In the specific case of questionable regionalism and decentralization[1] in DRC, it is worthwhile to recall that the confederation or multinational state[2] had been plagued with instability, community or provincial-based interests’ divergence fuelling collective actions discontents. Most of the regimes in DRC have used power as a source of pulling their illegal wealth accumulation; leaving their subjects dependent to them. The power’s exercise remains the tool of appointing or deposing someone depending on his loyalty to rulers. Surprisingly, socio-economic conditions of the ordinary citizens are far from being the primary concern of most of rulers and politicians. Rulers behave as free riders; hence, the people become subordinated to the ruling elite, raising the fear of a generalized patronage, despotic decisions and nepotism. A solution to these misbehaviors can be traced within a political system that sustainably restrains them to become more powerful than the people.

Nonetheless, federalism is not a perfect model. Its implementation requires to think about challenges around it; but I still believe that nothing is valued than the wellbeing of ordinary citizens. That is, federalism’s challenges around distribution of national resources, 60s experience of secessionists cannot stagnate the country to rethink the appropriate political system. It has also to be pointed out that exercising power out of patronage can improve the provision of public services, especially as long as federalism can be combined with decentralization at territorial and local levels in DRC. Achievements of the current governor of Katanga province can express a lot in terms of incompatibility around power exercise, patronage and public service delivery. Additionally, since 60s the Congolese’s mindset might have changed to the extent of enabling all state stakeholders to fairly undertake a discussion on burning issues instead of using guns. Thus, federalism’s challenges wouldn’t overwhelm us for the simple reason that it has questions to clarify before its implementation. Furthermore, as federalism system remains a process, it can still be run into phases.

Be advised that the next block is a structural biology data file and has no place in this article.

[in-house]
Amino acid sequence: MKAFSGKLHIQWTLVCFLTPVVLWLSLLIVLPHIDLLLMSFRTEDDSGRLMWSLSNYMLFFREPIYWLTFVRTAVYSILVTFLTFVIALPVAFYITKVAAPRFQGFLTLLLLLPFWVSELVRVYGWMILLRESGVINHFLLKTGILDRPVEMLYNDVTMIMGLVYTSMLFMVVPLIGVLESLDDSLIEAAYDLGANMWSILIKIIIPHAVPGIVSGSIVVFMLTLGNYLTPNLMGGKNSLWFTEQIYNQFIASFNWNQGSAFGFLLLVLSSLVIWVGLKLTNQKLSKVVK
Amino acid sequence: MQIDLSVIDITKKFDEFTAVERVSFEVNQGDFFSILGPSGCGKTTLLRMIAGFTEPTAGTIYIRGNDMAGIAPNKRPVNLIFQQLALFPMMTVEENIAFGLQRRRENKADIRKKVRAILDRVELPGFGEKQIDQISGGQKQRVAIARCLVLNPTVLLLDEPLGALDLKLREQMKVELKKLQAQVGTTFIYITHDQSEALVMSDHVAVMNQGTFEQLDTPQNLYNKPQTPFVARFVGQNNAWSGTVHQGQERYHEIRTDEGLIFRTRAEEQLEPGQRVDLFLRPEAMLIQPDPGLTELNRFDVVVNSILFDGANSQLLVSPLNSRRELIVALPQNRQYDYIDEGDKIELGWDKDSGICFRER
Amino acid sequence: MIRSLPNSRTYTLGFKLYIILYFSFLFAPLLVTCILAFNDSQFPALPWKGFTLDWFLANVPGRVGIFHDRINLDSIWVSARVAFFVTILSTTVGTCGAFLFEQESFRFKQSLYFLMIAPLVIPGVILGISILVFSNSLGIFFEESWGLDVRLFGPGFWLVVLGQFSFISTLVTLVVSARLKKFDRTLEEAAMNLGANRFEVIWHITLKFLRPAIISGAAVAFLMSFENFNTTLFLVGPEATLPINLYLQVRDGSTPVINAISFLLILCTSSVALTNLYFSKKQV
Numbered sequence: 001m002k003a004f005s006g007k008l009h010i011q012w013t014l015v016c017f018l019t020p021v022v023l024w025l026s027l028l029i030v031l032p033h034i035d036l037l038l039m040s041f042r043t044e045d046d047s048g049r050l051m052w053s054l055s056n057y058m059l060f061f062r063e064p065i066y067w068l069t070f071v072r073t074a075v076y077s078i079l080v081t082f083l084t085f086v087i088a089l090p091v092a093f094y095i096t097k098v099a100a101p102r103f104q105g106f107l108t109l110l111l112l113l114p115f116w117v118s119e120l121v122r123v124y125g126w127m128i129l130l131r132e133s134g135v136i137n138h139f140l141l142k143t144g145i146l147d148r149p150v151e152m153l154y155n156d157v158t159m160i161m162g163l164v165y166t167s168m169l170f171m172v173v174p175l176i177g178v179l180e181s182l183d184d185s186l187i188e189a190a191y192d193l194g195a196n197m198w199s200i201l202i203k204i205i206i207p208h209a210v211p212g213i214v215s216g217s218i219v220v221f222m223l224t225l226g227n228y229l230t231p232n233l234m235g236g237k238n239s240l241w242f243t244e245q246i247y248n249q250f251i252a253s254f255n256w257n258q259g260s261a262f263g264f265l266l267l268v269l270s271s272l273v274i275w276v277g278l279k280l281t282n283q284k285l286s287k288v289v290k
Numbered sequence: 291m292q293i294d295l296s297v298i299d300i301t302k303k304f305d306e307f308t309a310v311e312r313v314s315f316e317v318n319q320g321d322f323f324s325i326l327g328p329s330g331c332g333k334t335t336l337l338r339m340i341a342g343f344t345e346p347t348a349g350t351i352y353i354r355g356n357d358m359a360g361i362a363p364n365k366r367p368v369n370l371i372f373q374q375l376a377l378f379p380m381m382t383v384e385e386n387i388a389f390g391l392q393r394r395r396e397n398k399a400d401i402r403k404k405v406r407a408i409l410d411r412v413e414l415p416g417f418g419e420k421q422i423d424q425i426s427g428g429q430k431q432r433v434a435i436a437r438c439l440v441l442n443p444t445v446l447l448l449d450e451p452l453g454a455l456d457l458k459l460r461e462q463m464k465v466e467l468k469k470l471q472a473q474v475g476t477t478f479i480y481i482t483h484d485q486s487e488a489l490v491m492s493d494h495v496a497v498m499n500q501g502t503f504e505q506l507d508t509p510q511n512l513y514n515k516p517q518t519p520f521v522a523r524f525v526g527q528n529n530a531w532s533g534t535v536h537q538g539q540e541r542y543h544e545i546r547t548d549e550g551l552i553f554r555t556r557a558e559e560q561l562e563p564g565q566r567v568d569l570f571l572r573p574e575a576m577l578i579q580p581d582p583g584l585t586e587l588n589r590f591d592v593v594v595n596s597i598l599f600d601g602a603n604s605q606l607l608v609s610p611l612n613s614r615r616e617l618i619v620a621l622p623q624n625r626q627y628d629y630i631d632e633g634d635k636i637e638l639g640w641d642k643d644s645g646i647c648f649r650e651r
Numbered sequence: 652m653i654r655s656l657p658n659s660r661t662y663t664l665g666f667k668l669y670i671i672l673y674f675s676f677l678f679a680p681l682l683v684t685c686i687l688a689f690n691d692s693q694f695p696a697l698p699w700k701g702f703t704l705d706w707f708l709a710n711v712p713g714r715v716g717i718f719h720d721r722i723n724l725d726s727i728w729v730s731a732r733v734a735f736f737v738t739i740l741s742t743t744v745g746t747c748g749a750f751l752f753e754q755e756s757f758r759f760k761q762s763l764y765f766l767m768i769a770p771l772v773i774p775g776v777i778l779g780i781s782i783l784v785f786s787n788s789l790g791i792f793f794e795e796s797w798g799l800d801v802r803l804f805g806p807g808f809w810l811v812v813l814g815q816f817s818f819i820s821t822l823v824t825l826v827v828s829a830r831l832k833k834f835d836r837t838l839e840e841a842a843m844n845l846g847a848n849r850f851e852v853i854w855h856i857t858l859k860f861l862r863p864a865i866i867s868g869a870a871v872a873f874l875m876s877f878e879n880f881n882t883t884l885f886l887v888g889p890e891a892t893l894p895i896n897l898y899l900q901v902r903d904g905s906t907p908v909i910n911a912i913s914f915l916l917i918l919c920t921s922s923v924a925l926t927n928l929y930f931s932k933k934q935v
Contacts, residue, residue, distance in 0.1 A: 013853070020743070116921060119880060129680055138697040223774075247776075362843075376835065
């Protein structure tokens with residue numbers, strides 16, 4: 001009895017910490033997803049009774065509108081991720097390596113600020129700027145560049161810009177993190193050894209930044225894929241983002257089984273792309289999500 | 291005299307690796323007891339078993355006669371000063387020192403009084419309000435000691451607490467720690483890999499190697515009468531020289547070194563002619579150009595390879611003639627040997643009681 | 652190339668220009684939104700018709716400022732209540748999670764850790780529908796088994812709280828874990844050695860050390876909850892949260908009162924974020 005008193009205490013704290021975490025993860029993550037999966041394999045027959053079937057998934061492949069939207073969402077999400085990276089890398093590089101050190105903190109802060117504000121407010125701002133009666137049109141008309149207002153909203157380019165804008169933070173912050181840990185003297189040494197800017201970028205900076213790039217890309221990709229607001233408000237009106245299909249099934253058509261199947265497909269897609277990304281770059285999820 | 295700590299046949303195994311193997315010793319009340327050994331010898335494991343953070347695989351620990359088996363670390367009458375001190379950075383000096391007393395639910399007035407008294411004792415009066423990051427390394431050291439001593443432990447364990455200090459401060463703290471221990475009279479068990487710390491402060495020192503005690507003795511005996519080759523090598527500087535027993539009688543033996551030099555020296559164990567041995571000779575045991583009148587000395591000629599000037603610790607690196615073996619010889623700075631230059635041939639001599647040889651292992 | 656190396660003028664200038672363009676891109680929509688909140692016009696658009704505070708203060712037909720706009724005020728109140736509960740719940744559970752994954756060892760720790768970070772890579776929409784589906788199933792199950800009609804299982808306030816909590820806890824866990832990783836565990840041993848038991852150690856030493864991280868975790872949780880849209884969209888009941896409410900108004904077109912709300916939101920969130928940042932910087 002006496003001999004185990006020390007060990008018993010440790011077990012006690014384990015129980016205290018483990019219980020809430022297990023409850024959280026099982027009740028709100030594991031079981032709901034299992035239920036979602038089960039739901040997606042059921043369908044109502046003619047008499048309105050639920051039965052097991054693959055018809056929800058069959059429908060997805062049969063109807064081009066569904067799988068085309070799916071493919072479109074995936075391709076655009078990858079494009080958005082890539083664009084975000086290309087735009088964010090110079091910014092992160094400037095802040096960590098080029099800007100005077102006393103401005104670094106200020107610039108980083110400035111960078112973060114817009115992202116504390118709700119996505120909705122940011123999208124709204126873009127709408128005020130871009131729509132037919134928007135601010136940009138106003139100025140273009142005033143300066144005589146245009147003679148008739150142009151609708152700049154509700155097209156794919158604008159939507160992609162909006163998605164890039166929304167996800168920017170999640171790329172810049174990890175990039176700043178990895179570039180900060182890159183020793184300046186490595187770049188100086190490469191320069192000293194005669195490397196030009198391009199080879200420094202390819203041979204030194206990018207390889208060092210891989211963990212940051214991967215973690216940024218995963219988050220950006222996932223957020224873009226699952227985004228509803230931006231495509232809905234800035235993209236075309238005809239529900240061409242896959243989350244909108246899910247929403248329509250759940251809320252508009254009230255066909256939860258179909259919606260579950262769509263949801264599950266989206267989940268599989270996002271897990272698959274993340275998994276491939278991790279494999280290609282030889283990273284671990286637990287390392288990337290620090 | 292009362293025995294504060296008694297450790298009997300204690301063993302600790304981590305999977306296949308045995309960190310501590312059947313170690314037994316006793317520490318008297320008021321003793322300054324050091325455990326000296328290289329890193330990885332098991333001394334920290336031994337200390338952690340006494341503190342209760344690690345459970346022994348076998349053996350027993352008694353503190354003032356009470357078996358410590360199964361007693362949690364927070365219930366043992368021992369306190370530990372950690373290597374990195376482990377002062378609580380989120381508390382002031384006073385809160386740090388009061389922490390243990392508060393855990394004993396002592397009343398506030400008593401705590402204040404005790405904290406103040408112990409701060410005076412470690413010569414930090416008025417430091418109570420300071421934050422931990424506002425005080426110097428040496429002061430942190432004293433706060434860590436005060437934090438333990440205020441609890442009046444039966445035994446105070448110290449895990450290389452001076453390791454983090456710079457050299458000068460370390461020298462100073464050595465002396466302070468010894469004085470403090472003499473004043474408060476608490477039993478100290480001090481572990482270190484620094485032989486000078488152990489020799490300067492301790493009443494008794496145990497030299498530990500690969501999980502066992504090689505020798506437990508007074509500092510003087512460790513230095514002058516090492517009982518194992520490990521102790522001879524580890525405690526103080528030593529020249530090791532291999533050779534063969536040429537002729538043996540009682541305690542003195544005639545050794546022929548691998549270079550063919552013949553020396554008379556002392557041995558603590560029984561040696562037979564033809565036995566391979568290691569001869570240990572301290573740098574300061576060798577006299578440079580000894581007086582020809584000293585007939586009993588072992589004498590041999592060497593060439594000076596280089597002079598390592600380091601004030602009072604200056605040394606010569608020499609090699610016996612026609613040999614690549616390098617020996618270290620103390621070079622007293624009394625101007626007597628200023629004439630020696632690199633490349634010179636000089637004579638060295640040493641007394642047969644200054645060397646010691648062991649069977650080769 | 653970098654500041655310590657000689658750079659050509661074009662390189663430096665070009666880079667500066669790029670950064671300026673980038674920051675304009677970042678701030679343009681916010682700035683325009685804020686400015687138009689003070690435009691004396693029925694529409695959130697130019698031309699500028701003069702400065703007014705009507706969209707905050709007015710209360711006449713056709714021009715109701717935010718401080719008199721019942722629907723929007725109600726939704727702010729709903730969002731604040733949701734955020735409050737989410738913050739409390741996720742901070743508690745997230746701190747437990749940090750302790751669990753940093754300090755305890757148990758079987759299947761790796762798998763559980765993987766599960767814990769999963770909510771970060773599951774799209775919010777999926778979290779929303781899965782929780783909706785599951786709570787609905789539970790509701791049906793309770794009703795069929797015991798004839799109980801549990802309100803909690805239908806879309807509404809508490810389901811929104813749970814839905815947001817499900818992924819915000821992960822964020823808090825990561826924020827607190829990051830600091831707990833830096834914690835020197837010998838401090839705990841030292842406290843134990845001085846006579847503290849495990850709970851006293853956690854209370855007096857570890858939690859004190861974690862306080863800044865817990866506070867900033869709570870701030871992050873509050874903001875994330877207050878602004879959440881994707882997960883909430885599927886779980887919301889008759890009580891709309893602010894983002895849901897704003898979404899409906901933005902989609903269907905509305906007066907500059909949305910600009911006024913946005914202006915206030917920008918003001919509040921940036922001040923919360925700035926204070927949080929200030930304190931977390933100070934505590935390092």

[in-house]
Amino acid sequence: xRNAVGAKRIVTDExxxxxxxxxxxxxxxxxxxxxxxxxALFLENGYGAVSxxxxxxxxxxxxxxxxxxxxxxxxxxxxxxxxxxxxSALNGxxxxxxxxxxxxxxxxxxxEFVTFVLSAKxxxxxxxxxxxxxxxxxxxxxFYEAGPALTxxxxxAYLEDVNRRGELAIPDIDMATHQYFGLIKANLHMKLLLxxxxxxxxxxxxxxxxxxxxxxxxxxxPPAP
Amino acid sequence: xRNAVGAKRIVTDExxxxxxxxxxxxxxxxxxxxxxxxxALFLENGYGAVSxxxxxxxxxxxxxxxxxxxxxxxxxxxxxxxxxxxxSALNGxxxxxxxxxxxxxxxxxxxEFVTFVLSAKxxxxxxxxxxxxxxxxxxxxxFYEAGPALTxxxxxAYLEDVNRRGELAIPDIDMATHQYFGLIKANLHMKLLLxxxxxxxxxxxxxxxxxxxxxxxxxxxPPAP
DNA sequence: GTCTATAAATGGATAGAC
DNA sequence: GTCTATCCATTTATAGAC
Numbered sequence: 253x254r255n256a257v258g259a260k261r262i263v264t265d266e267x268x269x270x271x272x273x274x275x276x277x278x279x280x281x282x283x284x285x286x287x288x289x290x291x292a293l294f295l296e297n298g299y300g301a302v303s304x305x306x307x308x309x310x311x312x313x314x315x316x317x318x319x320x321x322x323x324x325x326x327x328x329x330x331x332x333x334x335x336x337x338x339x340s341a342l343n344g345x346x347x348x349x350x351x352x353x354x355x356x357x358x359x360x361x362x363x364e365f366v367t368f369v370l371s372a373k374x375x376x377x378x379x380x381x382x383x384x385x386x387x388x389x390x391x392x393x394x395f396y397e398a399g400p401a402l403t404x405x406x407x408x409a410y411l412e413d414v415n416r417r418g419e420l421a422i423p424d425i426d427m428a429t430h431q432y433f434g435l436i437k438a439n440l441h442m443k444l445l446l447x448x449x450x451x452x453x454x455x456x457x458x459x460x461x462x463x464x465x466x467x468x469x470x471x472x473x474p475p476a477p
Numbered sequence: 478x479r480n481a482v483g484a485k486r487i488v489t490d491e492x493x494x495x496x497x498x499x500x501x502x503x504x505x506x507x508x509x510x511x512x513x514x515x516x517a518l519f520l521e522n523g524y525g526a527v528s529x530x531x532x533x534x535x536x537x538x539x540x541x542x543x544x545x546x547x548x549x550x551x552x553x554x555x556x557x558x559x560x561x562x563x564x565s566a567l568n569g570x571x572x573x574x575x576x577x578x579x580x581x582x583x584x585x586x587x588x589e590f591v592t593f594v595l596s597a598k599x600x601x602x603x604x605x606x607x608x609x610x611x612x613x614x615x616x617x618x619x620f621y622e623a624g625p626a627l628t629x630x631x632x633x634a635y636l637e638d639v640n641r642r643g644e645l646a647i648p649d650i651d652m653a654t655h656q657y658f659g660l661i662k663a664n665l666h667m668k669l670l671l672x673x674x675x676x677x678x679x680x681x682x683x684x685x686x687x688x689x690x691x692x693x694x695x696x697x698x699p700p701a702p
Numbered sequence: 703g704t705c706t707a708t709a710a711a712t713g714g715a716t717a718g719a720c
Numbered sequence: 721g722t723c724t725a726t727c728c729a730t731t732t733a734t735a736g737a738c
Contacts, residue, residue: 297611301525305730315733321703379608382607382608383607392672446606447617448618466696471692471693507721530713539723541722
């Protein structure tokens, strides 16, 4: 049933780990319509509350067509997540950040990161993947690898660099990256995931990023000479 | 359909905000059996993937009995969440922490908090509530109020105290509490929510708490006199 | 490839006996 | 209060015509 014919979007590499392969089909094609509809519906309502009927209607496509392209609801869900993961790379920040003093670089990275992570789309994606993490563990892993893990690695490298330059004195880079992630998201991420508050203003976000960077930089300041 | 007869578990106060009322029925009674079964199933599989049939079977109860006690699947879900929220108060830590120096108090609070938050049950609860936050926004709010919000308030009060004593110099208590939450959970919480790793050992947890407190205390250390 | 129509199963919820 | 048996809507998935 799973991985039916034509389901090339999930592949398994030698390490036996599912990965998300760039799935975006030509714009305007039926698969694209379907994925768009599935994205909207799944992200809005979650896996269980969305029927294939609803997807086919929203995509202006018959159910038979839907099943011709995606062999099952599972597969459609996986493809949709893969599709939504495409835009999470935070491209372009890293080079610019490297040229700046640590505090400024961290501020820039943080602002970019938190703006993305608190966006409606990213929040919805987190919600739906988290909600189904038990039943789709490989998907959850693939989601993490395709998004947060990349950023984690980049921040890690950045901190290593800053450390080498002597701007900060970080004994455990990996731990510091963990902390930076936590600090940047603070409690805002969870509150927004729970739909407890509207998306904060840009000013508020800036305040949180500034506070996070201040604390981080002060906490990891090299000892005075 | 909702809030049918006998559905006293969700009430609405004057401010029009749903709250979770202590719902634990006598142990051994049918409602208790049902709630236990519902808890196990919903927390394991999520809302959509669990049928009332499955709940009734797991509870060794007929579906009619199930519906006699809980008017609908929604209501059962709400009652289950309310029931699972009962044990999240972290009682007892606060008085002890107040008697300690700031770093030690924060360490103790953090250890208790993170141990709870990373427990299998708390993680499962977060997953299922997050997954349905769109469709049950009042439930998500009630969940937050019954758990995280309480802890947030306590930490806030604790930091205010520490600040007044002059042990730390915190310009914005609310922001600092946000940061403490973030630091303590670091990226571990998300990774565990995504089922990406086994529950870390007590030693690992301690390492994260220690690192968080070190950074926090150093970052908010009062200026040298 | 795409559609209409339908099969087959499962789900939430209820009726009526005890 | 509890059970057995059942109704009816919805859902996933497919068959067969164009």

It may also be agreed that federalism can narrow power confrontation in Kinshasa; while many politicians would be willing to play great role at provincial levels as they can still serve and prove their abilities to delivery. Provincial levels can be a starting point where runners for political appointments will seek to refer to what they have practically done in the past. Currently, we do follow and adhere to political movements if we have ties with political leaders or as a result of being convinced by speeches that are sometimes populists. Federalism would possibly change these considerations as it can be expected that the service provisions from the public sphere will be a benchmark to evaluate our leaders. Do you think federalism would enhance public service provision than decentralization?


Ntanyoma R. Delphin

Twitter account @delphino12




[2] A multinational state is a sovereign state which is viewed as comprising two or more nations and such a state contrasts with a nation state which is usually comprises the bulk of the population